You must have heard about Cecil the lion – killed by a dentist from Minnesota – news of which made many people down in the mouth. (I’m not biased against dentists, by the way; I look forward to going to see my own dentist, as it happens: for a busy person like me, it seems to be the only chance I get for a sit-down nowadays.)
Anyway, it’s bad enough that anyone thinks a good holiday is not complete without killing one of the most majestic creatures on the planet. But this dentist was not exactly putting himself in any danger by going on an organised hunt, so he isn’t any kind of hero. There is, however, a world-wide outcry about it and I suspect he’s having second thoughts now (hindsight is not as good as foresight, though).
But things get worse: the psychics have started cashing in. Well, one psychic at least, Karen Anderson, “animal communicator”, who would have you believe that she has “connected with Cecil the lion in the afterlife and has his final words for humanity.”
Get a load of this drivel from her Facebook page, where she announces that Cecil told her:
“Let not the actions of these few men defeat us or allow darkness to enter our hearts. If we do then we become one of them. Raise your vibration and allow this energy to move us forward. What happened does not need to be discussed as it is what it is. Take heart my child, I am finer than ever, grander than before as no one can take our purity, our truth or our soul. Ever. I am here. Be strong and speak for all the others who suffer needlessly to satisfy human greed. Bring Light and Love and we will rise above this.”
It must be good luck that Cecil spoke or thought in English rather than any of the indigenous African languages – or just “Lion”. (E.g., “Roar, growl, roar”.)
If you believe that load of old tosh, then you can hire her to contact any pets you might have had in the past, and it will cost you only $149 for thirty minutes on the phone.
But maybe there is some kind of connection between “psychic animal communicators” and lions; psychics and lions are both predators, after all. At least lions prey for survival, whereas psychics prey for monetary profit from gullible believers. No doubt the publicity generated for Anderson with her 1,500 “likes” on FB will boost her income, although I would have felt (slightly) less disdain towards her if she were advertising that she would be donating a substantial percentage of her increased income towards animal conservation in Africa.
No, there isn’t much good coming out of this whole sorry mess, unless the publicity coming from it can raise awareness of the need for conservation – not just of lions in Africa, but the bigger issue of conservation in general, including our own survival as a species in the face of major environmental concerns – pollution, global warming – in fact everything that conservative climate change denialists seem to hold dear.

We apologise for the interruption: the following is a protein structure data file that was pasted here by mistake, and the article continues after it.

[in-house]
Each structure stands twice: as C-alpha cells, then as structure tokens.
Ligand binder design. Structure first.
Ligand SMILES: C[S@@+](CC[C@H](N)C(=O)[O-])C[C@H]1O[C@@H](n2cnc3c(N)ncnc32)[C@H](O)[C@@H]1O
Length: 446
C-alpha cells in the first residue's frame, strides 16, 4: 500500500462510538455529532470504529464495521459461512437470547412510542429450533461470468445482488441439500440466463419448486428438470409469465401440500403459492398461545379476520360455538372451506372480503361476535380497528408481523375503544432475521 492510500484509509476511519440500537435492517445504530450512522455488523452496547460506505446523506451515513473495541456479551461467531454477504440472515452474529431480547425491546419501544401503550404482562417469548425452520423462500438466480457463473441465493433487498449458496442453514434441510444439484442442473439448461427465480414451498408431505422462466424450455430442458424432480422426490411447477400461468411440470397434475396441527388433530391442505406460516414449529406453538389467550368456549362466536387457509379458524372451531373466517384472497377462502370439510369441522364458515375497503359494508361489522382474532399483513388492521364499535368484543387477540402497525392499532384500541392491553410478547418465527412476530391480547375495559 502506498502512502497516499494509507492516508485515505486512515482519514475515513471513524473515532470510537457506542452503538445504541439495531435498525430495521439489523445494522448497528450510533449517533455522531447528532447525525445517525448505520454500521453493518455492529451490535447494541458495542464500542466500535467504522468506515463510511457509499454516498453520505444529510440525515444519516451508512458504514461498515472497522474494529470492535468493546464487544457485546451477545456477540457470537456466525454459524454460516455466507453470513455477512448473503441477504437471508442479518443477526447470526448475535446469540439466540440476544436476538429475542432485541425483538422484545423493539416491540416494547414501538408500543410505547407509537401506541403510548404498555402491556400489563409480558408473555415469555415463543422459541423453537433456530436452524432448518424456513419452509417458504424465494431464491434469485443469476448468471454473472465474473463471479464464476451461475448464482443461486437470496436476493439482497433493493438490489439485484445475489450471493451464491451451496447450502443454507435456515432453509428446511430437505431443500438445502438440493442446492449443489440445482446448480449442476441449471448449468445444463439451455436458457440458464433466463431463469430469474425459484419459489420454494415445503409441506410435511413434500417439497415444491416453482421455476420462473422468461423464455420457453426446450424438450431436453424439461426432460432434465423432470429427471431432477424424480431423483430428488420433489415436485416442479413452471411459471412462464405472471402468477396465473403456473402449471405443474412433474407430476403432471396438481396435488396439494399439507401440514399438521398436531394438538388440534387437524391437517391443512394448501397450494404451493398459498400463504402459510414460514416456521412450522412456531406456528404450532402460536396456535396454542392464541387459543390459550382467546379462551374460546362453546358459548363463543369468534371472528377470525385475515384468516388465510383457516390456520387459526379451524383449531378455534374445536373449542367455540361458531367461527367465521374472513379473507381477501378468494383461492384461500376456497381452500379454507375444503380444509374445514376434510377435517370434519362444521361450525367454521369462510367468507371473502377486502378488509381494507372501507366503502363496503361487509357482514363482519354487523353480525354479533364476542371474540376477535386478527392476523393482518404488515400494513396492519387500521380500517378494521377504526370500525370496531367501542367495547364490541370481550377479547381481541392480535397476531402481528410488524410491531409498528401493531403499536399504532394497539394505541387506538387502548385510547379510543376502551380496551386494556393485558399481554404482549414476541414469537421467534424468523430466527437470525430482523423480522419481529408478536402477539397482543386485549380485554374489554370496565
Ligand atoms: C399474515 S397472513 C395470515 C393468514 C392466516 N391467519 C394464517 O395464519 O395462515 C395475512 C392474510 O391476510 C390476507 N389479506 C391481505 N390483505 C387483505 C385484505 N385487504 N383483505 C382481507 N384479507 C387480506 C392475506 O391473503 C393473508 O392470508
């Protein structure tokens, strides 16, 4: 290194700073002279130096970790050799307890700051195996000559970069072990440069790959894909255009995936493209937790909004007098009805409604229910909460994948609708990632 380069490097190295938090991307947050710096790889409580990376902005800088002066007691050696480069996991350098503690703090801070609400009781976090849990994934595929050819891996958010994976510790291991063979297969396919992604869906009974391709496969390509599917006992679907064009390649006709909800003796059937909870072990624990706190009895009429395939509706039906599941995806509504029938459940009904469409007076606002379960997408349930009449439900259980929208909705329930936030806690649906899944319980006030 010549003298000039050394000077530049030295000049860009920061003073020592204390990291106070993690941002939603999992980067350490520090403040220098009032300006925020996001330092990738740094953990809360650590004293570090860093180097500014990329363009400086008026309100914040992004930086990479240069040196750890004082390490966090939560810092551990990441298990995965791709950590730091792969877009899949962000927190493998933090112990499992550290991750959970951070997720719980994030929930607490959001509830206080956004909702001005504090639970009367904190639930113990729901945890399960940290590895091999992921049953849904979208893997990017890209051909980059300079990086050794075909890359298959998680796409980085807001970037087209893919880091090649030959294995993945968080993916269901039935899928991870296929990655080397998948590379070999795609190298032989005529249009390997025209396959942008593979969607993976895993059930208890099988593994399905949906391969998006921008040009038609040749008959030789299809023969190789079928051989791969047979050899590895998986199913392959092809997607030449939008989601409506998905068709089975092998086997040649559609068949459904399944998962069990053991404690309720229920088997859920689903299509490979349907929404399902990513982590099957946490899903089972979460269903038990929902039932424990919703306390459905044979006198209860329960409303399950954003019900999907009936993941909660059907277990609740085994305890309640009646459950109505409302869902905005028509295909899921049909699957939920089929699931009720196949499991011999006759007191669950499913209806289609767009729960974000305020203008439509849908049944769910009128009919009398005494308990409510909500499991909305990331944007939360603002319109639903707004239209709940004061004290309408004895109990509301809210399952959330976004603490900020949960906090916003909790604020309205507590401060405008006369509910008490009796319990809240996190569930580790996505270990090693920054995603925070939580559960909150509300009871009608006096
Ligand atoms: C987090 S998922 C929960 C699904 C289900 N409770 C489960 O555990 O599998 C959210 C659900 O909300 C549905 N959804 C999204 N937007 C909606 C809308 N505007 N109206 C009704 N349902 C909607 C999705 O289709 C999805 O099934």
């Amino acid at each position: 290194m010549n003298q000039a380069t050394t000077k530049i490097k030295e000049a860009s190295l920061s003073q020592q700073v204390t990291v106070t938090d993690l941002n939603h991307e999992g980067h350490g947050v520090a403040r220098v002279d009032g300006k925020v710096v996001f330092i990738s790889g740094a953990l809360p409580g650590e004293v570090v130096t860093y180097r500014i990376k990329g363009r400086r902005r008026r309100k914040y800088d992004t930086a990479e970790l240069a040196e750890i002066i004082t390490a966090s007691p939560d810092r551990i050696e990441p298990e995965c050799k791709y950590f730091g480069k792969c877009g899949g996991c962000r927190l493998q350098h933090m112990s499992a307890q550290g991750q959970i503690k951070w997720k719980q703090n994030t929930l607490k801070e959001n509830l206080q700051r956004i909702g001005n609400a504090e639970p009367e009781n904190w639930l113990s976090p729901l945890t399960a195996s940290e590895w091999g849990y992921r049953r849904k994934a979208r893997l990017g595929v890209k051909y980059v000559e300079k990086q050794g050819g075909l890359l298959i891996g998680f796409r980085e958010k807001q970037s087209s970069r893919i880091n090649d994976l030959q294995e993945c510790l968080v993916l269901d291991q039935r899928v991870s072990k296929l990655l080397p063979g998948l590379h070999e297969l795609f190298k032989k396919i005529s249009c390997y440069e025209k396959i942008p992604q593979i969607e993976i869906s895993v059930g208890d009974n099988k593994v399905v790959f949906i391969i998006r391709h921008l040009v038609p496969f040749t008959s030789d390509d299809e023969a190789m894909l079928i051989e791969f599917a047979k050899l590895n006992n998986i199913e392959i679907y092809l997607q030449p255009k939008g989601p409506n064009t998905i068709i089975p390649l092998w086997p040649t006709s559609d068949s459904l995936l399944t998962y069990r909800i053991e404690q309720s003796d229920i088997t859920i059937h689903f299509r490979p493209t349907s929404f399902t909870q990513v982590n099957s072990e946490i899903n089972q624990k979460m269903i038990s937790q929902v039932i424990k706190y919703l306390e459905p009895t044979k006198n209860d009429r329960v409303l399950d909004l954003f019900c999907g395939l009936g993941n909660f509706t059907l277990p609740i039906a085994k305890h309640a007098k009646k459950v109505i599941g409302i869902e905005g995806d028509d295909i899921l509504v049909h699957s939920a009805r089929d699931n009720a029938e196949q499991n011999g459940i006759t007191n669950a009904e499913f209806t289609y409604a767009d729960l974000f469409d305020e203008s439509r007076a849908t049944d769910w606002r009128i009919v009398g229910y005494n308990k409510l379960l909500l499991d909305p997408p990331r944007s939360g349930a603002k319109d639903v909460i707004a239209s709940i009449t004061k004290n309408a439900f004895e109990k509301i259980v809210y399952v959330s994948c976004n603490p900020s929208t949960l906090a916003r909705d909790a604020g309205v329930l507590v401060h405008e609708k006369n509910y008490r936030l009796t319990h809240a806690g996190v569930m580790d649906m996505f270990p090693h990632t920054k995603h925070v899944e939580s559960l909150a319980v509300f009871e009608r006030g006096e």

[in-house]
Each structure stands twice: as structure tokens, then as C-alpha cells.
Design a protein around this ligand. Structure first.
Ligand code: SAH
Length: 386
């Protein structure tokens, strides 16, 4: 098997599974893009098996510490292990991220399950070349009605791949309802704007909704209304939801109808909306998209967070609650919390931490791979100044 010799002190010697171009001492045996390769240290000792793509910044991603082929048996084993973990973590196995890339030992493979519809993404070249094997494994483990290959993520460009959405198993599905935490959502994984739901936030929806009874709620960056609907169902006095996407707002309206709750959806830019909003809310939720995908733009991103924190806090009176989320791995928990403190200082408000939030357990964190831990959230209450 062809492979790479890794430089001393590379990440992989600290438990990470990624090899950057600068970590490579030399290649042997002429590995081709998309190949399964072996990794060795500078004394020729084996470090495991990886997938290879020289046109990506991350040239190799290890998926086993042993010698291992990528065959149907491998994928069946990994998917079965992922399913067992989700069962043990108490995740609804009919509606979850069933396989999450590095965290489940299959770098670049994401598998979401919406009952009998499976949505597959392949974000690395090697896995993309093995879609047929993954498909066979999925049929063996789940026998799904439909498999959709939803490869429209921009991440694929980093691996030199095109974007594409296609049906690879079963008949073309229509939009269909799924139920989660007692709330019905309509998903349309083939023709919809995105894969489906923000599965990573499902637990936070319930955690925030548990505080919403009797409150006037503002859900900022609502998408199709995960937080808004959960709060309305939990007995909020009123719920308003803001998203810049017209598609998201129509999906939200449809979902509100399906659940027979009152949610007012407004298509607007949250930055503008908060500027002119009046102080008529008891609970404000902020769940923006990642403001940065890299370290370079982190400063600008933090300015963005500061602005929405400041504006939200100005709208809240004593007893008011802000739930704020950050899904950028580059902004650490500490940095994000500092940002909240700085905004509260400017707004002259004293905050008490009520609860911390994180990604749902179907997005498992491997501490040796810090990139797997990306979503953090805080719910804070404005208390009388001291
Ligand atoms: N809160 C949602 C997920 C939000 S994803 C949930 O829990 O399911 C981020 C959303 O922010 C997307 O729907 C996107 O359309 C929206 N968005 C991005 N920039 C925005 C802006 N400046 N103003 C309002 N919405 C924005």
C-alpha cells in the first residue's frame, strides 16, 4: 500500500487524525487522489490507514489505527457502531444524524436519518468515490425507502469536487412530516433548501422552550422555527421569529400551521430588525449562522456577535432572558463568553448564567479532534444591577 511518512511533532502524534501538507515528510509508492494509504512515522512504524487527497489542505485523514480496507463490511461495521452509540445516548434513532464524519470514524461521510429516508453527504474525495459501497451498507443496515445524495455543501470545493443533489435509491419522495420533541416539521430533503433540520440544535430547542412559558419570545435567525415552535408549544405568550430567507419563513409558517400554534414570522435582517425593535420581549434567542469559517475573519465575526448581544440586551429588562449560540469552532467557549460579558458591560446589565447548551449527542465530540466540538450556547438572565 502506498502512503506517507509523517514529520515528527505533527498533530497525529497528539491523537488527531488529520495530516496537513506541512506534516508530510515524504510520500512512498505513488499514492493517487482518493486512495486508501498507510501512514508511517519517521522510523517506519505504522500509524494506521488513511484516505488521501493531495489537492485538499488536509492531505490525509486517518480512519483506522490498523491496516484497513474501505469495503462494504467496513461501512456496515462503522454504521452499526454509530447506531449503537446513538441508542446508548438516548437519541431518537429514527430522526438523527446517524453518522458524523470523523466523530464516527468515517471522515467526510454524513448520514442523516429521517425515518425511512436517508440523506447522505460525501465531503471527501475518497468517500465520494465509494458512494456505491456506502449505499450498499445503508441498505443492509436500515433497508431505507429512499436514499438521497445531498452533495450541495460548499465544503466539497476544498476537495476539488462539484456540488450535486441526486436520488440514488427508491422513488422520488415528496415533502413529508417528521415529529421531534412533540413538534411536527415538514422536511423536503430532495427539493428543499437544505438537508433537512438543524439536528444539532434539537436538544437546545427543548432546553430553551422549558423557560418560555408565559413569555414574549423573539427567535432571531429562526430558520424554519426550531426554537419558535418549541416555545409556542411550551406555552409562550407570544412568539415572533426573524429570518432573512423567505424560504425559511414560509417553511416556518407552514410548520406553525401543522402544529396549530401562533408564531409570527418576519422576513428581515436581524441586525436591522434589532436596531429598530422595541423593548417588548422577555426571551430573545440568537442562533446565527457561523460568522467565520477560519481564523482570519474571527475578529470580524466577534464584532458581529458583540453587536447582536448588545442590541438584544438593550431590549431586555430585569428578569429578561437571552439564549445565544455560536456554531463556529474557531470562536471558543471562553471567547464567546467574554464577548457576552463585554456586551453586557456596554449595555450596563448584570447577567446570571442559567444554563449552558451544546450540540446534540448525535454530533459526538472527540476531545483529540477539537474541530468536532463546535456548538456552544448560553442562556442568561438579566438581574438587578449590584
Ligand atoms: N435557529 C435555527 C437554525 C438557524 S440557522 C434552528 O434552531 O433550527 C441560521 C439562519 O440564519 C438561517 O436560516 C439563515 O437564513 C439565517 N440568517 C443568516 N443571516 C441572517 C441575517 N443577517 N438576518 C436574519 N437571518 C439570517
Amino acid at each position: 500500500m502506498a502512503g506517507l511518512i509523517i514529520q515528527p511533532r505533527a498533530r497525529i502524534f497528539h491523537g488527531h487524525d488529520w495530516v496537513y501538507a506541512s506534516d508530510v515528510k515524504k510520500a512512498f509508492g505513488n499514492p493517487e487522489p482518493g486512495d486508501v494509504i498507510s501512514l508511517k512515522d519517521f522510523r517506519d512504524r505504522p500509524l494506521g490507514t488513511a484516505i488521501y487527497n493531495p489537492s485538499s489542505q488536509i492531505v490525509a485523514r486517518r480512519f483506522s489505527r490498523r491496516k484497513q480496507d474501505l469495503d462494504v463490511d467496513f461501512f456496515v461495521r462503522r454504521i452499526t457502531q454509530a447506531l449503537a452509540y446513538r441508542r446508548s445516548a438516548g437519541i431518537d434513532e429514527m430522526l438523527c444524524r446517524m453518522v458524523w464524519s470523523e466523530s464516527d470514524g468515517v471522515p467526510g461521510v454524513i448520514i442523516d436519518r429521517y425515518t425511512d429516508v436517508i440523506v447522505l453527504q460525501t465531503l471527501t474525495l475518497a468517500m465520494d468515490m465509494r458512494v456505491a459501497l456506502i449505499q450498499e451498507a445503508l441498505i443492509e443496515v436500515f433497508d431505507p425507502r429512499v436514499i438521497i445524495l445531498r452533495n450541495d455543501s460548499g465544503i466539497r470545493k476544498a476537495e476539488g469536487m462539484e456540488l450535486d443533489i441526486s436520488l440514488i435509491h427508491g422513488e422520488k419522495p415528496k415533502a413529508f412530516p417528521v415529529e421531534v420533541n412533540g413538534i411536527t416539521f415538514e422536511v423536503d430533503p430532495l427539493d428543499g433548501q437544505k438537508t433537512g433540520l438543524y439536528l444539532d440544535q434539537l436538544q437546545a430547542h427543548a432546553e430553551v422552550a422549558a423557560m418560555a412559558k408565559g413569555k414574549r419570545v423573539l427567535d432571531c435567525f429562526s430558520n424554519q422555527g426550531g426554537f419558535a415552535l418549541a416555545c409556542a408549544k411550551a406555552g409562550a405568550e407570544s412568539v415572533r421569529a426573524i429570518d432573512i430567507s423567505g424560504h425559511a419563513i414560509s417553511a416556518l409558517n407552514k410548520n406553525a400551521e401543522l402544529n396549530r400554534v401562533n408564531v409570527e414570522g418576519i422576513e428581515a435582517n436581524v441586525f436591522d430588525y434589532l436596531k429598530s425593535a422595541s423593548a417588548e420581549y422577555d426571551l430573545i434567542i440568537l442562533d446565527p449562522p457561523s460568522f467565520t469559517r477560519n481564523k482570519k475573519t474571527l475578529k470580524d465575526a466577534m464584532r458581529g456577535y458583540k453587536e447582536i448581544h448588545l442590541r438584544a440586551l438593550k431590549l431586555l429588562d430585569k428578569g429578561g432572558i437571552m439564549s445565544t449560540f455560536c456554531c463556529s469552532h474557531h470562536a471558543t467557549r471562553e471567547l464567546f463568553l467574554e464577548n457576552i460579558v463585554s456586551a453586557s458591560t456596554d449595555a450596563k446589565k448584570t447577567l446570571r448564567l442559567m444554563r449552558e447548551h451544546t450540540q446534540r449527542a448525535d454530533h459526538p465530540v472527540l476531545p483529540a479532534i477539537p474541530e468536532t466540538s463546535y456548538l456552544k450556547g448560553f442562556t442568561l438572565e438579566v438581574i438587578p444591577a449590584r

In summary, a rich dentist thought is would be fun to spend thousands of dollars going on a holiday where he could kill a lion with no physical danger whatsoever to himself; a supposed psychic has jumped on the bandwagon and gained worldwide publicity for her business; a lion is dead. Who wins in a situation like this? The animal is dead, the dentist is being hounded, the psychic is cashing in.
Oh. The psychic wins. That’s who wins. A psychic sits on the sidelines and then just moves in to take advantage of the opportunity that presents itself. Just like your average predator, or, more accurately in this case, your average parasite, as it happens.
To be honest, this story is just one of many that I come across and shake my head at. It might be more significant to me right now just because our pet cat was old and ill, and I am the one who had the job of taking it to the vet this week to have it “put to sleep,” as it is euphemistically called. In reality, I took it to its death; it didn’t know what was about to happen to it, but in law it seems that if I knowingly allowed it to suffer unnecessarily, then I might be open to criminal charges of animal cruelty. Strange, isn’t it, that a rich dentist from Minnesota can pay for the pleasure of killing a cat, but I could face possible prosecution for not arranging to do the same, albeit without any pleasure whatsoever? (Yes, I realise the circumstances are not the same, but I hope you can understand what I am getting at. There is a difference between causing unnecessary suffering to an animal, and ending an animal’s unnecessary suffering.)